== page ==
Farmers throughout the Chesapeake Bay watershed got a boost on June 1, when the U.S. Department of Agriculture announced an agreement with the Commonwealth of Pennsylvania to make changes in the Conservation Reserve Enhancement Program (CREP), which could reduce sediment and nutrient loading levels in Pennsylvania, Maryland, Virginia and West Virginia.
Changes in the CREP program, which were first enacted in Pennsylvania in 2000, will increase the acreage ceiling by nearly 20,000 acres and make all Pennsylvania CREP practices eligible for sign-up in Chesapeake Bay watershed counties.
CREP is an option under the Conservation Reserve Program (CRP) that agricultural producers may use to voluntarily establish conservation practices on their land.
Producers can enroll in CREP at any time. To encourage enrollment into these environmentally sensitive resource areas, per-acre annual rental payments are at a higher effective rate than offered under a general CRP sign-up.
Pennsylvania farmers and landowners are encouraged to voluntarily convert eligible cropland and marginal pastureland to native grasses, legumes, forbs, shrubs and trees under 10-15 year CRP contracts. In return, they receive annual rental payments, cost share and other incentives.
Several states, including Pennsylvania have been at odds with the USDA over guidelines used to set daily total maximum daily load (TMDL) standards for nitrogen, phosphorus and sediment. While influential members of the Bay Restoration Society have called for stricter guidelines for TDML and more stringent enforcement of these regulations, farmer-led associations have questioned the validity of the nutrient standards and have filed suits to prevent the EPA from enforcing these regulations.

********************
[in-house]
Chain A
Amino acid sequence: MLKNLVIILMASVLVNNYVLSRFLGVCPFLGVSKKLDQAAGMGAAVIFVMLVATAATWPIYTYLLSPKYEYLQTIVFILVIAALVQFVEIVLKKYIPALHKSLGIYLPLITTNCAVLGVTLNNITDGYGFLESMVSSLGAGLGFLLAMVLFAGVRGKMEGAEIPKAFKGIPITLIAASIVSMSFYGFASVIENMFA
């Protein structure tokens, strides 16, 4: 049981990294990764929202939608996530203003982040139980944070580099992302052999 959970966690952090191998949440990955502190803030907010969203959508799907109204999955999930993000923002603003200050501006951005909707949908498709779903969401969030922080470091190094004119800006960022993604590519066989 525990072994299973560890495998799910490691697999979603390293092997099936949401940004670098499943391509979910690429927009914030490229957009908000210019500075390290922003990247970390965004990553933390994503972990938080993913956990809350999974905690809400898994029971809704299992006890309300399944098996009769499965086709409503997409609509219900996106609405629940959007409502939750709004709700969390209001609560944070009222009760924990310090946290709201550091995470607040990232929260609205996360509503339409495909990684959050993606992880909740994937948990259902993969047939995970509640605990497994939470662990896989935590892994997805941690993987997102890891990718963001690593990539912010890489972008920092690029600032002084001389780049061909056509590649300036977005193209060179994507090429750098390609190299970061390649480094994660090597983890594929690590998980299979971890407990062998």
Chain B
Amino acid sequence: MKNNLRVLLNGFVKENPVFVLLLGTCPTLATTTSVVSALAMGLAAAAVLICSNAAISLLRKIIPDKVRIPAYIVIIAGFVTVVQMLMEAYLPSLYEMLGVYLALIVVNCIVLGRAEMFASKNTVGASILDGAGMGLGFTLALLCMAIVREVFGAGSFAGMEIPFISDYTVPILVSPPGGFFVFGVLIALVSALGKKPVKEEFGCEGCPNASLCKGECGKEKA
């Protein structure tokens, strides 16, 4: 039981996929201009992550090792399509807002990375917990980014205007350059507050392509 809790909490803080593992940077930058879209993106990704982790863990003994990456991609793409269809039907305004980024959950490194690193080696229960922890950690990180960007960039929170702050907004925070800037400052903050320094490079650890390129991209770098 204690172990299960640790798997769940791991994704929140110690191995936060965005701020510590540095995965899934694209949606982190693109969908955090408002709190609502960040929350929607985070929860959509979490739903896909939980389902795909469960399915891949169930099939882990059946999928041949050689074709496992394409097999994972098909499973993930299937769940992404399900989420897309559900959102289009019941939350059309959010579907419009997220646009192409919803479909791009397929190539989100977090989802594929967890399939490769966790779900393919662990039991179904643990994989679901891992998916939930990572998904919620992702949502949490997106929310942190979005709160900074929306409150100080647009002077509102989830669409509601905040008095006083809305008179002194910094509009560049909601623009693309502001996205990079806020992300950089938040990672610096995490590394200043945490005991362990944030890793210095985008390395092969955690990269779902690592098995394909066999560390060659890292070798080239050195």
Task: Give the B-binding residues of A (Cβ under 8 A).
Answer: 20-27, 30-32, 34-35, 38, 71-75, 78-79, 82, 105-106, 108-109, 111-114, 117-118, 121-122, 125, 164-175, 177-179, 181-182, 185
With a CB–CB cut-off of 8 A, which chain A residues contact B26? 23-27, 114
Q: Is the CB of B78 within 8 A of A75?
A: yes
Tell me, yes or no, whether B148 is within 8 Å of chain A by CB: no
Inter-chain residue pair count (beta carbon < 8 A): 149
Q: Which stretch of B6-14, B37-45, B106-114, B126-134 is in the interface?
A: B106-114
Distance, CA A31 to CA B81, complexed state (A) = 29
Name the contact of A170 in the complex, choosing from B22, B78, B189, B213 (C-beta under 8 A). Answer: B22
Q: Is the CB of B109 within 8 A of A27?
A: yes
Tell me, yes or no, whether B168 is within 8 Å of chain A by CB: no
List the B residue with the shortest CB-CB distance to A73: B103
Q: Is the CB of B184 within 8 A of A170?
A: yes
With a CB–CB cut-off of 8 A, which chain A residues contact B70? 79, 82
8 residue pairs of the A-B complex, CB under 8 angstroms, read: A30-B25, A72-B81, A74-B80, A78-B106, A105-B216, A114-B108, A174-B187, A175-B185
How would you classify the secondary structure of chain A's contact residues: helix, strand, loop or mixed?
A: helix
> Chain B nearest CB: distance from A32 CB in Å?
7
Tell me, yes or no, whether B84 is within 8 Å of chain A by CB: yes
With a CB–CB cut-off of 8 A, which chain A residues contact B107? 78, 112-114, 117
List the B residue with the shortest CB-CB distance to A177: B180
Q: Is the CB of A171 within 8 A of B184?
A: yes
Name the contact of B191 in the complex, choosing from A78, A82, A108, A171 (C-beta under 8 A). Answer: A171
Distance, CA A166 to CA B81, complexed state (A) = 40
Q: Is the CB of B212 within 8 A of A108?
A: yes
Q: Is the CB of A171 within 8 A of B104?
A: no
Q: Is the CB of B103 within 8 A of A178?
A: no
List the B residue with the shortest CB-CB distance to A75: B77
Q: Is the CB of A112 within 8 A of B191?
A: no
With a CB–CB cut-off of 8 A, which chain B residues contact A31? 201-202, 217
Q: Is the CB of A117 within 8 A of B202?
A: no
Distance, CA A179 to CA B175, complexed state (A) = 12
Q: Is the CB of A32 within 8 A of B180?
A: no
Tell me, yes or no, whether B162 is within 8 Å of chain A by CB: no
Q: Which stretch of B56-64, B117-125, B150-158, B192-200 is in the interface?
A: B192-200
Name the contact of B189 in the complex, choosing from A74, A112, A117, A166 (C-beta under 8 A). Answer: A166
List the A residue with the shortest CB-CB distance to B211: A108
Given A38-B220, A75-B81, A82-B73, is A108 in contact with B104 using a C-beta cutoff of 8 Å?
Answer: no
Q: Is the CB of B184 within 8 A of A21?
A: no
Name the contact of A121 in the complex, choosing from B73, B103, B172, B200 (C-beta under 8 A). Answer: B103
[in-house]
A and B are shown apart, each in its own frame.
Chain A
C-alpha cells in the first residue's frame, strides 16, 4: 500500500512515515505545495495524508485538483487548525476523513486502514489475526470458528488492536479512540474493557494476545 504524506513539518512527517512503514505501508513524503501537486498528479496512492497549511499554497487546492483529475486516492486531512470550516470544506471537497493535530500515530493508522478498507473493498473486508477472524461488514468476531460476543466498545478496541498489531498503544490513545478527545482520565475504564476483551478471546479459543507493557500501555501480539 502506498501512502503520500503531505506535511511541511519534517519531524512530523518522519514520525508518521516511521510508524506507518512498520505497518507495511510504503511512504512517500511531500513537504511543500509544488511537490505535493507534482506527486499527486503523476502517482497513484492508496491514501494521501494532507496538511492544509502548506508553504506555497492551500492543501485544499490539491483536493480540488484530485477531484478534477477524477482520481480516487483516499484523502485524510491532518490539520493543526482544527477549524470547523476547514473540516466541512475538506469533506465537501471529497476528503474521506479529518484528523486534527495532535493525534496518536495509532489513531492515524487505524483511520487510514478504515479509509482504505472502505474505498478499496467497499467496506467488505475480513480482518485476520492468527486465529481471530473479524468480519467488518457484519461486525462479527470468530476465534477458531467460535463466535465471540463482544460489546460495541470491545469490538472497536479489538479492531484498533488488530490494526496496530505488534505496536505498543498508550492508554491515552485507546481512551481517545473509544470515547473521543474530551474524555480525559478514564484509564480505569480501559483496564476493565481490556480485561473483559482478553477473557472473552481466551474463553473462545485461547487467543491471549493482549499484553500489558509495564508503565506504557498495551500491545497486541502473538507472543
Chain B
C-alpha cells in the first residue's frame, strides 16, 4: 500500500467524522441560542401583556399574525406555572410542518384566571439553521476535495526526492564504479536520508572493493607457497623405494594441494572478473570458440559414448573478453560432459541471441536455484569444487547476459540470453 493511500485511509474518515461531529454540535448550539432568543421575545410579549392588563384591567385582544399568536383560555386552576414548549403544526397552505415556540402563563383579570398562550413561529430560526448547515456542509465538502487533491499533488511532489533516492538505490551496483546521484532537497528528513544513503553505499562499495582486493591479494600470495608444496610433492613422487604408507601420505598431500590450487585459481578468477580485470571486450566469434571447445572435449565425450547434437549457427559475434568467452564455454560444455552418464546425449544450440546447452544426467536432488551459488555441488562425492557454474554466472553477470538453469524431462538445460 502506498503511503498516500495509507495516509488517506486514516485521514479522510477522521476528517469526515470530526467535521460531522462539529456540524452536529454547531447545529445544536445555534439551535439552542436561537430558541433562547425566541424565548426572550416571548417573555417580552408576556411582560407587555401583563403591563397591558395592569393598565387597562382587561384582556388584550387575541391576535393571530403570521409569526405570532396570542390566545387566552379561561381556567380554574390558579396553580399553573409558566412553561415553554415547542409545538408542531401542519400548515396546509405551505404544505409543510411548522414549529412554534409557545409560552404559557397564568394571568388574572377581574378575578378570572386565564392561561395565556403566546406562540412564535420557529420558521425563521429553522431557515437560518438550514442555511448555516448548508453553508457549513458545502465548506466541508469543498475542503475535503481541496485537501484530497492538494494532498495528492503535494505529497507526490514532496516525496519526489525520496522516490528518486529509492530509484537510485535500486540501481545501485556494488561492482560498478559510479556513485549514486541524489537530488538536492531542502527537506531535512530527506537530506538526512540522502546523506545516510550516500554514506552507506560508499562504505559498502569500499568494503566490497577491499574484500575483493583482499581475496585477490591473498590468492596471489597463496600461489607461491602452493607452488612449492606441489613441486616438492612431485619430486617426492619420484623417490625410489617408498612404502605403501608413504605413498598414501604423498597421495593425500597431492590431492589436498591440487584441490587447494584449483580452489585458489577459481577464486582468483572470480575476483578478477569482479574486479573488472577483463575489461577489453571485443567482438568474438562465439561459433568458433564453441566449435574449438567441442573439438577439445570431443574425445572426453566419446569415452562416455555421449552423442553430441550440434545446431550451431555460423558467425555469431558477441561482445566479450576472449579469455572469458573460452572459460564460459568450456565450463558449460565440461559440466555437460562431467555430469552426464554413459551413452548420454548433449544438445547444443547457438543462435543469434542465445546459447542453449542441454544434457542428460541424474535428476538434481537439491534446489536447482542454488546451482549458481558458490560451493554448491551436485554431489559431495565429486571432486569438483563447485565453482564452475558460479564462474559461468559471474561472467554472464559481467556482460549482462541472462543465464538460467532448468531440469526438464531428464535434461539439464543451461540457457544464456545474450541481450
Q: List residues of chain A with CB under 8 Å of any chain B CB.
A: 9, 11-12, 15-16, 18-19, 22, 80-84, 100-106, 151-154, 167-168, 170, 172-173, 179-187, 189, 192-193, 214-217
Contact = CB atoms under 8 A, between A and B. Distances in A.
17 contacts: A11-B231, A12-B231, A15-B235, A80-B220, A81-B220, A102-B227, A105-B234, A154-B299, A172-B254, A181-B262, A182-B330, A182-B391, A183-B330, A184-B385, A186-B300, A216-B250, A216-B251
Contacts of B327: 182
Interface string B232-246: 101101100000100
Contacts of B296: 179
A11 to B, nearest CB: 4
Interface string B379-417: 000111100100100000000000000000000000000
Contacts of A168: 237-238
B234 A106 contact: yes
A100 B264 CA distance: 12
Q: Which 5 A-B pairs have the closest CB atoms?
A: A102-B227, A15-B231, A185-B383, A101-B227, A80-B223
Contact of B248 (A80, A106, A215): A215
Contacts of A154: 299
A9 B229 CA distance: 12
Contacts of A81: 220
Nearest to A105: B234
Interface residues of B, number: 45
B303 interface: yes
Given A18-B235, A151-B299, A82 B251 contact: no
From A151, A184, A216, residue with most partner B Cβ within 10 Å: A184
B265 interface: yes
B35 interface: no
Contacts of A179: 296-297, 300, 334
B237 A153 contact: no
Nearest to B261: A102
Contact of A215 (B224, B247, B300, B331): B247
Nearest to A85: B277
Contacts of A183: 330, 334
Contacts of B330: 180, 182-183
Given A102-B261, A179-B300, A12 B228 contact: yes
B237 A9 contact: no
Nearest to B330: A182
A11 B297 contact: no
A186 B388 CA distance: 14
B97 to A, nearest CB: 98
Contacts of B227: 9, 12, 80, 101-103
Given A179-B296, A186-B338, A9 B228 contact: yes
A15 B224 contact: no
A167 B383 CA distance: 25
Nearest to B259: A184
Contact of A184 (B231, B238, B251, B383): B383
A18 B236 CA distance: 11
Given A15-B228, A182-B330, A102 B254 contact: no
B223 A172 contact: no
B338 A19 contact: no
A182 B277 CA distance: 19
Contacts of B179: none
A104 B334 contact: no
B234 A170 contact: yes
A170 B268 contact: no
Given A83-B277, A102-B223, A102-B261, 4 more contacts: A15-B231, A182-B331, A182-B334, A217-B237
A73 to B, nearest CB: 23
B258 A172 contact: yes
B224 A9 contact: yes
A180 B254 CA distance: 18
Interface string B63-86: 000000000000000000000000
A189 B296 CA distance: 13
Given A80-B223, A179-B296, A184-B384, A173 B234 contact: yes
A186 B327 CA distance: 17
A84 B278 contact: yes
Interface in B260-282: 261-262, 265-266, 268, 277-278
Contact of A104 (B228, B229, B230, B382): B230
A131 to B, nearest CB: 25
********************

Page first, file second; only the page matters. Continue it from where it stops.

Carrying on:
Michael Scuse, under-secretary for farm and foreign agricultural services, says of the new changes to the Pennsylvania CREP, “These changes will provide greater flexibility for more Pennsylvania farmers and other land owners to establish conservation cover and increase land stewardship within the Chesapeake Bay watershed."
The USDA contends the CRP program, including CREP programs in some states have been influential in reducing the impact of agriculture on the Chesapeake Bay.
A government press release claims, “In 2011, as a result of CRP, nitrogen and phosphorous losses from farm fields were reduced by 623 million pounds and 124 million pounds respectively.
“The CRP has restored more than two million acres of wetlands and associated buffers and reduces soil erosion by more than 300 million tons per year. CRP also provides $1.8 billion annually to landowners — dollars that make their way into local economies, supporting small businesses and creating jobs,” the June 1 news release states.
To be eligible for the CREP, cropland must meet specific CRP requirements, including an acceptable history of crops produced on the land.
Producers who have an existing CRP contract are not eligible for CREP until that contract expires. Producers with expiring CRP contracts who are interested in CREP should submit offers for re-enrolling their land into CREP during the last year of their existing CRP contract.